An Imperfect Guide to Imperfect Reproducibility

Gabriel Becker

Twitter: @groundwalkergmb, Github:@gmbecker


Who I Am

Gabe Becker

Twitter: @groundwalkergmb, GitHub: gmbecker

What I do

  1. Research reproducibility and related issues
  2. Contribute^ to the R language itself

^ I collaborate with, but am not a member of, the R-core development team.

Who I Was

Formerly Scientist at Genentech Research

Some content in this talk was developed (by me) while at, and is copyright Genentech, Inc. Used with permission.

What I'll Be Talking About

  • Theory - mental models
    • Reproducibility - what it does and doesn't give us
    • Generalizing Reproducibility
  • Practice - what you can do now to improve your work

I Wish Reproducibility Didn't Matter

So Many Things Would Already Be Solved

Energy (Cold Fusion)




Personalized Cancer Treatment







But We're Stuck In The Real World

And none of those claims were true^

^To the best of our current knowledge

(Computational) Reproducibility Is Not The Point

Knowledge Management




So To Recap

  • The world would be better if all results were reproducible
  • I don't really care if your results are reproducible

Seem Like A Contradiction?


What Do We Really Want?

Results Are No Use To Us If They're Not Useful


But How Does Reproducting a Result Make It Useful?


We Want

Results we can understand and feel confident using (Gavish)

  • Incorporating them into our overall understanding
  • Extending or directly utilizing them in our own work
  • Talking about them at dinner parties

1 Gavish and Donoho, A Universal Identifier for Computational Results, Procedia Computer Science 4, 2011

Trust, Verification and Guarantees

Ways We Can Trust Results

  1. Trust in Reporting - result is accurately reported
  2. Trust in Implementation - analysis code successfully implements chosen methods
  3. Statistical Trust - data and methods are (still) appropriate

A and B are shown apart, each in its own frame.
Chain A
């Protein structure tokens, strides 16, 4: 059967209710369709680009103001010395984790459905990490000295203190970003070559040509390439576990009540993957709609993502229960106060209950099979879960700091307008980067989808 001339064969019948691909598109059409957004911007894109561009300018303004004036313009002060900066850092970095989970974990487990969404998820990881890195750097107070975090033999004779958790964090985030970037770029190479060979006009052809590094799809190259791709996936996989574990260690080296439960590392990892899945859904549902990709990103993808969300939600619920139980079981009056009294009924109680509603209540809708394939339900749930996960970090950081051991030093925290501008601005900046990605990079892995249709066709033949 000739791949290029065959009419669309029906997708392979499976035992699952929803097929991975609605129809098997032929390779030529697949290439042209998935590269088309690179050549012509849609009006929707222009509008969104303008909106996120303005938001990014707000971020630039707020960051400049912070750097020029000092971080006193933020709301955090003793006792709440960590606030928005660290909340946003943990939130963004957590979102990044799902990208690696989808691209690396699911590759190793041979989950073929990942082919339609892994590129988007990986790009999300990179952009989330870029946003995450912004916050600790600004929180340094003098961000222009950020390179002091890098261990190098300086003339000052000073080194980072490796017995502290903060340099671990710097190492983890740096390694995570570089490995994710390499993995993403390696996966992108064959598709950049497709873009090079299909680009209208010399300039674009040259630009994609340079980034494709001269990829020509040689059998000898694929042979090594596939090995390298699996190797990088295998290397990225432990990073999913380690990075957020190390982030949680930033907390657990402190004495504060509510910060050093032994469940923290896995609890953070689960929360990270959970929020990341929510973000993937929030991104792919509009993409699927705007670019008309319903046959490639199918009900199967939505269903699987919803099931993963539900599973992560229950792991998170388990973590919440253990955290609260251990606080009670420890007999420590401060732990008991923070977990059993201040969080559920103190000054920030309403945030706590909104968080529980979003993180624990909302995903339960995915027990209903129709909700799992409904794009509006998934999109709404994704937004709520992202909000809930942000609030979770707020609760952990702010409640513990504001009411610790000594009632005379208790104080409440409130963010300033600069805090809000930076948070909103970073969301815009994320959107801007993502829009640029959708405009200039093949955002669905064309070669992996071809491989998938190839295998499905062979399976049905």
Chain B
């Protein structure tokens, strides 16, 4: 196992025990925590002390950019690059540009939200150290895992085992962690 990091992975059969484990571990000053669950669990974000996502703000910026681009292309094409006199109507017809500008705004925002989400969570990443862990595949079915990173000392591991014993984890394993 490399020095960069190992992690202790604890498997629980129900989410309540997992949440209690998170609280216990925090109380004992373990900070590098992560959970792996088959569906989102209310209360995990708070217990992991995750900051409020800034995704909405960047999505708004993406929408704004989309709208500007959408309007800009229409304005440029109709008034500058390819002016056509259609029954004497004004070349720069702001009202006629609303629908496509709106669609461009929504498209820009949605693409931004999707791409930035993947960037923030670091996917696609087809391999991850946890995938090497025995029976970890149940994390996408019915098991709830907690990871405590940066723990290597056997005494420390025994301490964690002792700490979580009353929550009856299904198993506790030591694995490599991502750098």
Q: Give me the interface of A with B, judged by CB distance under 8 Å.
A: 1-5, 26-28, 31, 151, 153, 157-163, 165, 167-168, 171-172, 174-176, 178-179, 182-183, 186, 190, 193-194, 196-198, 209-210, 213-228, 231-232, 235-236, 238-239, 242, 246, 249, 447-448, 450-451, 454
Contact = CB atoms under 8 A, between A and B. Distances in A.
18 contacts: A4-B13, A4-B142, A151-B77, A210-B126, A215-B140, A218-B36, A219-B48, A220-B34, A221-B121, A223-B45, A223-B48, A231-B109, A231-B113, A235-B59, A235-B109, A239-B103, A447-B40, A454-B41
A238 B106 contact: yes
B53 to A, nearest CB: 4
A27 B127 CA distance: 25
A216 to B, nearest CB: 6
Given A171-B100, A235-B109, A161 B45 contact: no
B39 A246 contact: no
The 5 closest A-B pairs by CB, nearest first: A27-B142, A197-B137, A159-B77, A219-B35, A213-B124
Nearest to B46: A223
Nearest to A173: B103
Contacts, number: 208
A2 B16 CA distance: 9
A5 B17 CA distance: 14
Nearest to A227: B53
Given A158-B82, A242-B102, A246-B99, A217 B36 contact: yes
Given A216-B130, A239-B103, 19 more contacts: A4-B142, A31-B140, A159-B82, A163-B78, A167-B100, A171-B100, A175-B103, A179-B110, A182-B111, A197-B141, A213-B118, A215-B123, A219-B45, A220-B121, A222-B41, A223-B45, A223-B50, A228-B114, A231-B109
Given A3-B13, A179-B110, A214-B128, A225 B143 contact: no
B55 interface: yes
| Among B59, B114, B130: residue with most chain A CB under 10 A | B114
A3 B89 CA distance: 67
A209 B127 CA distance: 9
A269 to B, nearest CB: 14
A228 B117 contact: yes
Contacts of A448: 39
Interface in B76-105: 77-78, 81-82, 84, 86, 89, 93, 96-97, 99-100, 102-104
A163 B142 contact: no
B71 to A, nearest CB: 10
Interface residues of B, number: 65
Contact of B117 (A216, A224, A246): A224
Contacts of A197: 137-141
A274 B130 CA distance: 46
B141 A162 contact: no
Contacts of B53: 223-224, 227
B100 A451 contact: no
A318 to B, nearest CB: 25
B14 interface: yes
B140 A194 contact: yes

4. Scientific Trust - result convincingly supports claim(s) about underlying systems or truths

Reproducibility As A Trust Scale


Source: Gabriel Becker, copyright Genentech Inc.

What Does Strict Reproduction Prove?

It confirms^ the original analyst(s)

  1. Got the result they say they got
  2. By applying the code they provided
  3. To the input data they identified
  4. In the environment specified

And ensures you have the artifact itself

^ technically it does not confirm these in the deductive sense, rather proves them in the "beyond a reasonable doubt" sense.

A Brief Thought Experiment

Imagine an Independent, Trusted System Which

  • Accepts code and data, and environment
  • Runs the code
  • Saves and publishes results and associates them with code and env
  • Deletes the data (if necessary)

This Would Provide Guarantees

Very similar (at least) to those gained by manual, strict reproduction,

without requiring us to actually recreate the result at an arbitrary later date.

Reproducibility Isn't Everything - A Case Study

DESeq Paper


It's Reproducible!


Source: Gabriel Becker, copyright Genentech Inc.

Not The Whole Story


Source: Gabriel Becker, copyright Genentech Inc.

Really Not The Whole Story


Source: Gabriel Becker, copyright Genentech Inc.


Generalized Reproducibility

Reproducibility is great, but by itself it is neither as necessary nor as sufficient as many seem to think.

– Me (and, like, other smart people too probably)

Topics In Generalized Reproducibility

  • Comparability
  • Currency
  • Completeness
  • Provenance


Individual "Data Science" Workflow


credit: Wickham

Collaboration Is Core


Source: Gabriel Becker, copyright Genentech Inc.

Different Versions


Source: Gabriel Becker, copyright Genentech Inc.

Same Versions


Source: Gabriel Becker, copyright Genentech Inc.




Source: Gabriel Becker, copyright Genentech Inc.

Bleeding Edge Methods

  • Called this for a reason
  • Continue to be refined
  • Likely won't stay state of the art
  • May not even remain valid

No Hard-And-Fast Rule, But Generally

  • Modern versions take precedence
    • skeptical of genes in the 864 but not the 359
  • Modern methods take precedence^

^ By how much depends on why the old method fell out of favor


The Currency concern is very real in Bioinformatics, Deep Learning, and other fast moving settings. Its not really a concern when using a "classical" method (GLMs, Random Forests, etc).


Literate Statistical Practice

[The resulting document] should describe results and lessons learned … as well as a means to reproduce all steps, even those not used in a concise reconstruction, which were taken in the analysis.

– Rossini, Literate Statistical Practice (emphasis mine)





the source or origin of an object; its history and pedigree; a record of the ultimate derivation and passage of an item through its various owners

– Oxford English Dictionary

Knowing a Result's Provenance Can Help Us

  • Gain insights into the reasoning used to create it,
  • verify acceptable procedures and methods were used, and
  • know how to reproduce it.

Paraphrase of Friere et al. in Provenance for Computational Tasks: A Survey, Computing in Science & Engineering. 2008